Russia’s use of social media to disseminate propaganda and stoke political tension is an ongoing problem. Last fall, Sens. Richard Burr (R-NC) and Mark Warner (D-VA), leaders of the Senate intelligence committee, issued a bipartisan warning that Russian trolls would continue their actions into the 2018 midterm elections and 2020 presidential elections to sow chaos. A ThinkProgress article on the now-defunct website BlackMattersUS.com illustrates how sophisticated propaganda operations can use content, online campaigns, offline events, and relationships with local activists to develop trust and credibility online. And as the successful dueling event demonstrate, all Americans, no matter what their political persuasion, are susceptible to these influence operations.
As Recode Executive Editor Kara Swisher pointed out on MSNBC today, we’re in an “ongoing war.” There’s no easy way to tell if the content we see on our social media feeds comes from Russian trolls or other hostile actors. There’s no media literacy course or easily available resource that can teach individuals how to identify propaganda. That’s why regulation that protects consumers such as stricter disclosure of political ads and safeguards against fraud is so vital to solving this problem. Especially as tech companies have proven reluctant to make any real changes beyond what public pressure demands of them.
Republican Roy Moore’s U.S. Senate campaign has paid over a quarter million dollars to a network of companies headed by a Republican consultant who was repudiated by Moore endorsee Laura Ingraham as a scammer and “PAC troll.”
Moore is a twice-removed judge and far-right pundit -- he has said that “homosexual conduct should be illegal” -- who won Alabama’s Republican Senate primary against sitting Sen. Luther Strange. Conservative media figures such as Steve Bannon, Mark Levin, and Sarah Palin have supported Moore. Ingraham, who has her own history of extremism and anti-gay rhetoric, also endorsed Moore in the primary and hosted him on her radio program.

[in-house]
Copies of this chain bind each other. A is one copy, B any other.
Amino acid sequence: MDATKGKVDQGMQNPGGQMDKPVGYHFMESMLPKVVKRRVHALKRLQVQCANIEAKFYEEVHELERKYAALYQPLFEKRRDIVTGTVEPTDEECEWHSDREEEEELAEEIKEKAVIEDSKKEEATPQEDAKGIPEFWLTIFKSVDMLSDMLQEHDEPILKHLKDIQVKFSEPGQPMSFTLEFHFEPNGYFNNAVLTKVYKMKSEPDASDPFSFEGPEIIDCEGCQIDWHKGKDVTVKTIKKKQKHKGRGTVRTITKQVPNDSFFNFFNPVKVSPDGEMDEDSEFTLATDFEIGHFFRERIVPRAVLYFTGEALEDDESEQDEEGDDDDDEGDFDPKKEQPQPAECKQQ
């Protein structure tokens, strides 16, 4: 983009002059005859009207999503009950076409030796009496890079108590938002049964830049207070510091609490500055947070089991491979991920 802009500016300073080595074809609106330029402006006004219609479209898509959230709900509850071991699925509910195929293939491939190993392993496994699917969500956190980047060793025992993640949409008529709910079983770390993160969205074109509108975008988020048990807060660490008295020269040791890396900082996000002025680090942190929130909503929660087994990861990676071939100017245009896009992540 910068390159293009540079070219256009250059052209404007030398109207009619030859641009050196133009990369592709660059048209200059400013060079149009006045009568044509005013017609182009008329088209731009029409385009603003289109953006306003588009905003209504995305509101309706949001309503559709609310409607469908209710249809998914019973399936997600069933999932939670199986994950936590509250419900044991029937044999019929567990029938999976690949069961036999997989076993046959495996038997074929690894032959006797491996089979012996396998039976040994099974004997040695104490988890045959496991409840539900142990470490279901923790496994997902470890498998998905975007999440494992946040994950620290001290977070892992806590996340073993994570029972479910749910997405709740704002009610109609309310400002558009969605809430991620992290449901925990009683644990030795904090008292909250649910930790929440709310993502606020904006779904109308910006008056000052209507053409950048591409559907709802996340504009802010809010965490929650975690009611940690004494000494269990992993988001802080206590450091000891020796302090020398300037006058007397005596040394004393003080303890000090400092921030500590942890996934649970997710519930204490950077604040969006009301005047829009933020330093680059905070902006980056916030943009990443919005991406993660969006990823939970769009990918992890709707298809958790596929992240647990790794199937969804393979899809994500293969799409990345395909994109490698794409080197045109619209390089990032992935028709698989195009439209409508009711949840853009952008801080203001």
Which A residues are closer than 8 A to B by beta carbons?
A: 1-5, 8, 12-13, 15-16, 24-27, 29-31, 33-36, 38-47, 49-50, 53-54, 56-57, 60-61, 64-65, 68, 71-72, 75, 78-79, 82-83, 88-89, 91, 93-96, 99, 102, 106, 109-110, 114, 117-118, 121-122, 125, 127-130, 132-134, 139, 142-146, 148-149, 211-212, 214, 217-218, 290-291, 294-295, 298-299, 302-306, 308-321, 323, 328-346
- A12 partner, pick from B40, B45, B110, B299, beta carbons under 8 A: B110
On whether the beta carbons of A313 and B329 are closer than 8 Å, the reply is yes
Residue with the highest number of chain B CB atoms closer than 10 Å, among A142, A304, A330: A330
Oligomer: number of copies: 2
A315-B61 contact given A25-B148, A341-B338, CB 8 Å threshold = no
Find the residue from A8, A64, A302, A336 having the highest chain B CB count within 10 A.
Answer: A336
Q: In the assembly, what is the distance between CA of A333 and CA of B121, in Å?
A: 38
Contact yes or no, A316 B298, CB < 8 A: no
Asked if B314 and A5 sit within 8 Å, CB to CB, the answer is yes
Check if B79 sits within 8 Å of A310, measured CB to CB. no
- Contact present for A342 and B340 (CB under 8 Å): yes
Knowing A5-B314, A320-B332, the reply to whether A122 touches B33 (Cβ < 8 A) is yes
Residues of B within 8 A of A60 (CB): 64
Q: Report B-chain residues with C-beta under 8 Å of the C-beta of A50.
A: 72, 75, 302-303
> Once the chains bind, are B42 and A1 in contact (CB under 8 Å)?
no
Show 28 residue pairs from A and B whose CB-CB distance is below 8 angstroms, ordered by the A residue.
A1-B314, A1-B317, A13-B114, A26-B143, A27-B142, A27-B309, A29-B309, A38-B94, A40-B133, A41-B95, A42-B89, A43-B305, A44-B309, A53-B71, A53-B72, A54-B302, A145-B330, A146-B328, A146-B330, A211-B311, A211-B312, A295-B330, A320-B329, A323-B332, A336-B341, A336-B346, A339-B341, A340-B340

While conservative pundits have supported Moore because he will “take on DC’s swamp monsters” (as Sarah Palin put it), the consultant behind a network of firms helping Moore has been dogged by ethical questions.
Moore paid over $250,000 to the North Carolina companies Capital Square Funding Group, Tidewater Strategies, and Rightside Lists for consulting and list rentals from June through early September, according to Federal Election Commission (FEC) data. Those firms are headed by Reilly O’Neal, who also leads the North Carolina Gun Rights PAC and the Principled Leadership Project PAC.
Conservatives, including Ingraham, have criticized O’Neal for dodgy fundraising practices. The Principled Leadership Project PAC sent fundraising emails earlier this year asking people “to join our official Draft Laura movement,” which encouraged the radio host to run for Senate in Virginia. The PAC also set up a “Draft Laura” website that asked for readers’ email addresses and then contributions for a fundraising deadline.
Ingraham publicly repudiated the efforts as a scam, writing in an April 25 tweet: “PAC TROLLS: Tell everyone NOT to give a DIME to the PrincipledPAC run by some guy named Reilly O'Neal, supposedly for my ‘Senate run.’”
Media Matters and others have documented that the conservative movement has been infected with shady fundraising tactics and scam PACs that “critics say exist mostly to pad the pockets of the consultants who run them,” as Ken Vogel reported in 2015. Such PACs not only pay their consultants large salaries, but can also gather email addresses that they then rent to other entities. PACs that have fundraised off the names of Allen West, Ken Cuccinelli, and David Clarke, among others, have drawn criticism.
A significant amount of the money raised by the Principled Leadership Project PAC around the time it was leading its supposed “official Draft Laura” movement went to O’Neal’s groups, according to a review of FEC records.